On February 19, 2019, New Jersey Governor Phil Murphy signed into law A 3975 (“the Law”), which significantly expanded the state’s the Family Leave Act (“NJFLA”), Family Leave Insurance Act (“NJFLI”), and Security and Financial Empowerment Act (“SAFE Act”). We prepared an Act Now Advisory, summarizing the extensive changes made by the Law, including,

As employers are wrapping up their reporting under the Affordable Care Act (“ACA”) for the 2018 tax year (filings of Forms 1094-B/C and 1095-C/B with the IRS are due by April 1, 2019, if filing electronically), they should start preparing for new reporting obligations for the 2019 tax year.

After a string of failed efforts

On March 18, 2019, New Jersey Governor Phil Murphy signed a bill amending the New Jersey Law Against Discrimination (LAD) to prohibit contractual provisions that result in the wavier of a right or remedy provided under the LAD or prevent the disclosure of information pertaining to claims of discrimination, retaliation or harassment.   The amendment, which

Featured on Employment Law This Week: NJ Senate Advances Ban on Sex Harassment Confidentiality Agreements.

The New Jersey Senate wants no more secrecy around harassment claims. On a 34-to-1 vote, the chamber approved legislation banning confidentiality agreements involving sexual harassment claims. The bill is still pending in the House, where a vote is expected

On January 8, 2018, former New Jersey Governor Chris Christie signed new legislation (the “Amendment”) amending the New Jersey Law Against Discrimination (“NJLAD”) to add breastfeeding as a protected class under the law. The Amendment, which takes effect immediately, makes it unlawful to discriminate or retaliate against an employee that the employer knows,

Our colleagues , at Epstein Becker Green, have a post on the Retail Labor and Employment Law blog that will be of interest to many of our readers in the health care industry: “New Jersey’s Appellate Division Finds Part C of the “ABC” Independent Contractor Test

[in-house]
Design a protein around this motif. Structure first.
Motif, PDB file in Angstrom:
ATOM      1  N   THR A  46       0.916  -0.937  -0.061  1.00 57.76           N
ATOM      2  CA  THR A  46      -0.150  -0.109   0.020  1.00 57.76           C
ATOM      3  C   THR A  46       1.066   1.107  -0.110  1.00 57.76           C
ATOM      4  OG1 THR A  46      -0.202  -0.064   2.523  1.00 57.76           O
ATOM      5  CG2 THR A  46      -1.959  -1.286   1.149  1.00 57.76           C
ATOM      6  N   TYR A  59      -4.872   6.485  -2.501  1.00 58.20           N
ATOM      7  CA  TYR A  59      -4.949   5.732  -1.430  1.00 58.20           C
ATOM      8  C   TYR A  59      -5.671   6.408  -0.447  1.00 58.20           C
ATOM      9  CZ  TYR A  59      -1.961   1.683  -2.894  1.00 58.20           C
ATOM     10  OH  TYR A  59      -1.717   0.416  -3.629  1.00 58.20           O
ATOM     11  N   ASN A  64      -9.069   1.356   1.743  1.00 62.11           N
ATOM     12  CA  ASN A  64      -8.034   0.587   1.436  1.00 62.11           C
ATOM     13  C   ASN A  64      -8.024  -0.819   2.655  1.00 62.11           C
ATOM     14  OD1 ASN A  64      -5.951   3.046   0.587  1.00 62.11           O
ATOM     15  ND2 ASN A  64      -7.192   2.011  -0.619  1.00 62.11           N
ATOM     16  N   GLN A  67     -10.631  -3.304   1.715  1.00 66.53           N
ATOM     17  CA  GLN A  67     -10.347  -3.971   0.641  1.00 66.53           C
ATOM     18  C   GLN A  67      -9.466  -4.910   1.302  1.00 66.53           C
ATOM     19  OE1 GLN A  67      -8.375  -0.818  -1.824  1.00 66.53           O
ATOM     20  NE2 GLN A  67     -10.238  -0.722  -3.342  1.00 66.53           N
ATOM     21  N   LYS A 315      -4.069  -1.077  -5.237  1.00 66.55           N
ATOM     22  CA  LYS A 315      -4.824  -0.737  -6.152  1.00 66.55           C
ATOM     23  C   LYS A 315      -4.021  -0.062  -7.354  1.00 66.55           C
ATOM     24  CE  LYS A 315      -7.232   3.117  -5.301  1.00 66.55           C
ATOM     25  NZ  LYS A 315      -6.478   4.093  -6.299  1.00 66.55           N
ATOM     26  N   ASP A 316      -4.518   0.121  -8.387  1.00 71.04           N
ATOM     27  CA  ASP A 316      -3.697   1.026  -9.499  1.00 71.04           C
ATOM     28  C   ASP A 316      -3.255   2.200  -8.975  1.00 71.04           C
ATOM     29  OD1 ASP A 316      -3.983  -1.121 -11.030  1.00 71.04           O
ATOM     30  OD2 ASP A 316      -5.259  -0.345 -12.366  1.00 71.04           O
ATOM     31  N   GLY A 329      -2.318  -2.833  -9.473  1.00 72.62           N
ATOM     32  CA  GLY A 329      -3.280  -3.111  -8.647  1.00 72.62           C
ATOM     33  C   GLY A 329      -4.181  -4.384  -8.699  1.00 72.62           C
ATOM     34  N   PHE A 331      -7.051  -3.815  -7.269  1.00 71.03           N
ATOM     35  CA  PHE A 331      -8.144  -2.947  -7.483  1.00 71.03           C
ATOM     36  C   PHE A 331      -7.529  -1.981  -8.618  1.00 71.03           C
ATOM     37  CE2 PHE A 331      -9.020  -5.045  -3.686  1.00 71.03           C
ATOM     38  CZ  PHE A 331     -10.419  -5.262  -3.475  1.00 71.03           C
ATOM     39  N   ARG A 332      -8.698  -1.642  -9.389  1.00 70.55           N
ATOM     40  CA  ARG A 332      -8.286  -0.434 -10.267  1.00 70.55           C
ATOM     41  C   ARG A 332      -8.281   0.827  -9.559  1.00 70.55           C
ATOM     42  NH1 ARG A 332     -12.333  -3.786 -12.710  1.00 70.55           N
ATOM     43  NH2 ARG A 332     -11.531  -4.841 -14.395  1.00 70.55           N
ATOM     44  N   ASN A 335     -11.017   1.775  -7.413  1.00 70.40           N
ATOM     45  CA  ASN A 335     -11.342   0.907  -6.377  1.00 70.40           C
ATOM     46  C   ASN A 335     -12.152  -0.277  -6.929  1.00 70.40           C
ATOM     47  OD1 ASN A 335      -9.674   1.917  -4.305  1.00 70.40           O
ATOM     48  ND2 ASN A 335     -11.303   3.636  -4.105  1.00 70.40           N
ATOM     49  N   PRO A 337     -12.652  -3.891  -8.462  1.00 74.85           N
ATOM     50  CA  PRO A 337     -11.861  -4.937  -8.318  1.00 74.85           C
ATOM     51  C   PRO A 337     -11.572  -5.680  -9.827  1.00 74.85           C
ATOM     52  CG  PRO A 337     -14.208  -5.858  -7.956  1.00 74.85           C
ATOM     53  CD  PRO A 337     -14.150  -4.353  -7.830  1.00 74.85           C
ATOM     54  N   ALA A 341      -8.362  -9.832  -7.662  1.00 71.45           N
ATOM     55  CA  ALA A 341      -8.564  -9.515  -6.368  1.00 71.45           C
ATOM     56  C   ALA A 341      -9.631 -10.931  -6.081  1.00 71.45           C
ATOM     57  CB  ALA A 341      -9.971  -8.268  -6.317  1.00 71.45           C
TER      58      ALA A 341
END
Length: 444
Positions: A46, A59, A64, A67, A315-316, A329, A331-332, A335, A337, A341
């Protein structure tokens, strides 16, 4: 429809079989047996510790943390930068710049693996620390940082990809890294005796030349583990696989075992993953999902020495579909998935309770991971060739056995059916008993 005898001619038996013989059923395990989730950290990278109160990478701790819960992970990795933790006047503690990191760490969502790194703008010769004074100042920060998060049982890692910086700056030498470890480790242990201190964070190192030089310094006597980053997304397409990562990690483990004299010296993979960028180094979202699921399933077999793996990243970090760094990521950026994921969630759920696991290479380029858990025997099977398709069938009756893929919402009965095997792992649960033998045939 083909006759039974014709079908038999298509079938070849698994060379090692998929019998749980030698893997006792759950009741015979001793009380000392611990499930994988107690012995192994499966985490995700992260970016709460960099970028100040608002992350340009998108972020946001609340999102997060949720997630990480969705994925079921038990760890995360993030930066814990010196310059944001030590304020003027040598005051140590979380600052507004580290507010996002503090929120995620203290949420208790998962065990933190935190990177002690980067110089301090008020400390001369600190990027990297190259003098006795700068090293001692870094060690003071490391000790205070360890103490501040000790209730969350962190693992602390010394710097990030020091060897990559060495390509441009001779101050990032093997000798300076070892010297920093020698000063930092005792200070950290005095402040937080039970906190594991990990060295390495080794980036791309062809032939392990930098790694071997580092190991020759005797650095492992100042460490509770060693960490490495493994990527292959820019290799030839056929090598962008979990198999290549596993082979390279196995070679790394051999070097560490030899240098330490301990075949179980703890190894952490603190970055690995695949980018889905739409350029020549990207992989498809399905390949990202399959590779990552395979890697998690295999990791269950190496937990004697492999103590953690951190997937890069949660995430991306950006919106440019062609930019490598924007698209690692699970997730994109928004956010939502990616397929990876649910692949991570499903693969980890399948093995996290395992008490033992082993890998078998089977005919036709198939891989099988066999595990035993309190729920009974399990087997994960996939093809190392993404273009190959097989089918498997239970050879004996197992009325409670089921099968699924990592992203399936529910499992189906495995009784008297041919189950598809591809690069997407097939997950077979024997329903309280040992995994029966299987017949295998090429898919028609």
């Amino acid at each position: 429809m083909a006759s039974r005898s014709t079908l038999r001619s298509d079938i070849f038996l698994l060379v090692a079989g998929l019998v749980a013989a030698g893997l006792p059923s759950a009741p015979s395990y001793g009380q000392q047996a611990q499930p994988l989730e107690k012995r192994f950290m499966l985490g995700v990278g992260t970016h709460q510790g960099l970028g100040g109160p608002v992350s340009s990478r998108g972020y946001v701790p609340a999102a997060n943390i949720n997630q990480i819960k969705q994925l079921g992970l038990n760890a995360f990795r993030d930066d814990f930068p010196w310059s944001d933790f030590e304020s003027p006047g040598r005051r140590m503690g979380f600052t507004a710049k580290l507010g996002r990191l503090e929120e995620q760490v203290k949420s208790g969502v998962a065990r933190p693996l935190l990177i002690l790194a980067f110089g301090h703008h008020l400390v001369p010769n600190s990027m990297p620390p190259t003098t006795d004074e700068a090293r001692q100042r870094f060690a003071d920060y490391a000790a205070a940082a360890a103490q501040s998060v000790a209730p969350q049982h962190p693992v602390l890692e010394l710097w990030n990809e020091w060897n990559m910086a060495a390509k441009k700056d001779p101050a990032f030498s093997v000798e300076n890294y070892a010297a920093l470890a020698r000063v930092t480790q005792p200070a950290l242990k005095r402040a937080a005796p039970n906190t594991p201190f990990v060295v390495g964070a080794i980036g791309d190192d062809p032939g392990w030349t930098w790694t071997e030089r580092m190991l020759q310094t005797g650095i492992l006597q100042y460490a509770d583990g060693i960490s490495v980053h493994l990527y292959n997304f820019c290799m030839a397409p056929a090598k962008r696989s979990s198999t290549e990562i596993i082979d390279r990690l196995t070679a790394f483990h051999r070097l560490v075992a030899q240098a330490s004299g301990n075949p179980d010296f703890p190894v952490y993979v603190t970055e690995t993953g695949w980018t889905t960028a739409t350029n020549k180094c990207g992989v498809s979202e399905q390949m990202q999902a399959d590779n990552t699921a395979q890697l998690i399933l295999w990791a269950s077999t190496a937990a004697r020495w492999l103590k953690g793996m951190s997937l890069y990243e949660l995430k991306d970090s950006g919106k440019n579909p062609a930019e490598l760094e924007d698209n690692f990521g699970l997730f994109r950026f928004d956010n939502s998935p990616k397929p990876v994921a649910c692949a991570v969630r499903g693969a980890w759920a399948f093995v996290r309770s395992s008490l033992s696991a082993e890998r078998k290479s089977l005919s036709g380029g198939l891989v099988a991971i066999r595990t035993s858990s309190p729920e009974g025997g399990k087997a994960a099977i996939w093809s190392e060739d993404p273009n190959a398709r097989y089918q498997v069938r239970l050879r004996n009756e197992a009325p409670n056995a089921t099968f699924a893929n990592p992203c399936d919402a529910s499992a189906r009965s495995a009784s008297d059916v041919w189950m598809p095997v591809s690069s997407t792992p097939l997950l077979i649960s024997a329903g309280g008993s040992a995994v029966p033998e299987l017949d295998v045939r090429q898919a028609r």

Our colleagues Patrick G. Brady and Julie Saker Schlegel, at Epstein Becker Green, have a post on the Retail Labor and Employment Law blog that will be of interest to many of our readers in the health care industry: “Beyond Joint Employment: Do Companies Aid and Abet Discrimination by Conducting Background Checks

Maxine Neuhauser
Maxine Neuhauser

In an unpublished decision issued July 22, 2016, the New Jersey Appellate Division ruled that an overnight residential counselor for developmentally disabled adults was properly disqualified from unemployment because of “severe misconduct” after having been found sleeping on the job. In affirming the Division of Unemployment’s denial of benefits,

Every now and then a confusing knot of rules gets streamlined and untangled. That recently occurred in New Jersey, when the state’s Supreme Court adopted a new  unified Mental Health  Service Provider – Patient Privilege, to replace the state’s existing patchwork of privileges which offer varying, and sometimes inconsistent, degrees of protection to communications between

By: Mollie O’Brien, James Flynn and Jiri Janko

The Supreme Court of New Jersey held on June 16th that a former registered nurse could not get his whistleblower claim to the jury because he failed to prove at trial that he held a reasonable belief that the conduct to which he objected violated a